The doctor can use special instruments through the scope to remove (biopsy) samples from any abnormal areas. These samples are sent to the lab so that a doctor can look at them under a microscope to see if cancer is present.
If the esophageal cancer is blocking the opening (called the lumen) of the esophagus, certain instruments can be used to help enlarge the opening to help food and liquid pass.
Upper endoscopy can give the doctor important information about the size and spread of the tumor, which can be used to help determine if the tumor can be completely removed with surgery.
This is actually a type of imaging test that involves the use of endoscopy. Ultrasound tests use sound waves to take pictures of parts of the body. They use no radiation and are very safe.
For an endoscopic ultrasound, the probe that gives off the sound waves is at the end of an endoscope, which is passed down the throat and into the esophagus. This allows the probe to get very close to the cancer. This is done with numbing medicine (local anesthesia) and light sedation.
The probe sends out sound waves, which bounce off normal tissue and any cancer that is present. The echoes are picked up by the probe and a computer turns the pattern of sound waves into a black-and-white image. The picture shows how deeply the tumor has grown into the esophagus. It can detect small abnormal changes very well.
This test is very useful in determining the size of an esophageal cancer and how far it has grown into nearby tissues. It can also help determine if nearby lymph nodes might be affected by the cancer. If enlarged lymph nodes are seen on the ultrasound and not beside the tumor, the doctor may use a thin, hollow needle to get biopsy samples of them. This helps the doctor decide if the tumor can be surgically removed.
This exam may be done for cancer in the upper part of the esophagus to see if it has spread to the windpipe (trachea) or the tubes leading from the trachea into the lung (bronchi). For this test, a lighted, flexible fiber-optic tube (bronchoscope) is passed through your mouth or nose and down into the windpipe and bronchi. The mouth and throat are sprayed first with a numbing medicine. You may also be given medicine through an intravenous (IV) line to make you feel relaxed.
If abnormal areas are seen, small instruments can be passed down the bronchoscope to take biopsy samples.
Thoracoscopy and laparoscopy
These procedures allow the doctor to see lymph nodes and other organs near the esophagus inside the chest (by thoracoscopy) or the abdomen (by laparoscopy) through a hollow lighted tube.
These procedures are done in an operating room while you are under general anesthesia (in a deep sleep). A small cut (incision) is made in the side of the chest wall (for thoracoscopy) or the abdomen (for laparoscopy). Sometimes more than one cut is made. The doctor then inserts a thin, lighted tube with a small video camera on the end through the incision to view the space around the esophagus. The surgeon can pass thin instruments into the space to remove lymph node samples and take biopsies to see if the cancer has spread. This information is often important in deciding whether or not a person is likely to benefit from surgery.
Lab testing of biopsy samples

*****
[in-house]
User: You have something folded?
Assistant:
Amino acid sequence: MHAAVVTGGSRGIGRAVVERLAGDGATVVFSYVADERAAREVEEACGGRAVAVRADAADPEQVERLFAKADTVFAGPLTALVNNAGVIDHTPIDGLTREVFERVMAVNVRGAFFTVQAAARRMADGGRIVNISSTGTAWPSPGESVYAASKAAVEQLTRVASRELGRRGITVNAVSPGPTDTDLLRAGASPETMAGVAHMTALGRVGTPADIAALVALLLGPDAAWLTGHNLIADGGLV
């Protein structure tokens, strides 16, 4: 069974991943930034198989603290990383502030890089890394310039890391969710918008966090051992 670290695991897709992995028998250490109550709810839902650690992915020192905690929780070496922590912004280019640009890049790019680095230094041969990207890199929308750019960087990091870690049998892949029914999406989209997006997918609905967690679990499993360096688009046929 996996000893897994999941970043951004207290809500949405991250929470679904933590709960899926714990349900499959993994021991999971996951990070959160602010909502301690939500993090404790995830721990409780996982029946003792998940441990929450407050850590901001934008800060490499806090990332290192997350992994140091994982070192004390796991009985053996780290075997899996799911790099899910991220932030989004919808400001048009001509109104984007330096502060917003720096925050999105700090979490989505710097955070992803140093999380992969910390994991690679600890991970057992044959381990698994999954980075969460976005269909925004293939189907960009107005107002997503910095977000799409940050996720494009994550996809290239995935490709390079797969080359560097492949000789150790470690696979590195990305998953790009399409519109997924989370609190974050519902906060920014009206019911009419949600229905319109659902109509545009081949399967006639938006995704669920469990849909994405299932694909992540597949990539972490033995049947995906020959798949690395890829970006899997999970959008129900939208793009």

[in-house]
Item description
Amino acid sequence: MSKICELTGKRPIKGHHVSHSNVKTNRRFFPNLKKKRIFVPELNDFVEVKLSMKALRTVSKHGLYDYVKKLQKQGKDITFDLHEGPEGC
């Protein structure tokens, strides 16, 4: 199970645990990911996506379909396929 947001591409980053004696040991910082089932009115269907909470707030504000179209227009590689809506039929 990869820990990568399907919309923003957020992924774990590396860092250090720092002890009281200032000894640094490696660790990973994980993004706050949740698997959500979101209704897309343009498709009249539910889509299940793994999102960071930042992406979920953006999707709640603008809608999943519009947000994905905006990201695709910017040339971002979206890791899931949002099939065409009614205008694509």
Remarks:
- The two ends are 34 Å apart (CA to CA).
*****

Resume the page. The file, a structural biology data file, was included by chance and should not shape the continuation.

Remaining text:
An area seen on endoscopy or on an imaging test may look like cancer, but the only way to know for sure is to do a biopsy. For a biopsy, the doctor removes small pieces of tissue from an area that looks abnormal. This is most often done during an endoscopy exam.
A doctor called a pathologist then looks at the tissue under a microscope to see if any cancer cells are present. If there is cancer, the pathologist will determine the type (adenocarcinoma or squamous cell) and the grade of the cancer (how abnormal the patterns of cells look under the microscope). For details about grading, see the next section "How is cancer of the esophagus staged?" It takes at least a couple of days to get the results of a biopsy.
HER2 testing: If esophageal cancer is found but is too advanced for surgery, your biopsy samples may be tested for the HER2 gene or protein. Some people with esophageal cancer have too much of a protein called HER2 on the surface of their cancer cells, which helps the cells grow. However, a drug that targets the HER2 protein, known as trastuzumab (Herceptin®), may help treat these cancers when used along with chemotherapy. Only cancers that have too much of the HER2 gene or protein are likely to be affected by this drug, which is why doctors may test tumor samples for it. (See the "Targeted therapy for cancer of the esophagus" section for more information on this treatment.)
When looking for signs of esophageal cancer, a doctor may order a blood test called a complete blood count (CBC) to look for anemia (which could be caused by internal bleeding). A stool sample may be checked to see if it contains occult (unseen) blood.
If esophageal cancer is found, the doctor may recommend other tests, especially if surgery may be an option. For instance, blood tests can be done to make sure your liver and kidney functions are normal. Tests may also be done to check your lung function, since some people may have lung problems (such as pneumonia) after surgery. If surgery is planned or you are going to get medicines that may affect the heart, you may also have an electrocardiogram (EKG) and echocardiogram (ultrasound of the heart) to make sure your heart is functioning well.
Last Medical Review: 12/10/2012
Last Revised: 01/18/2013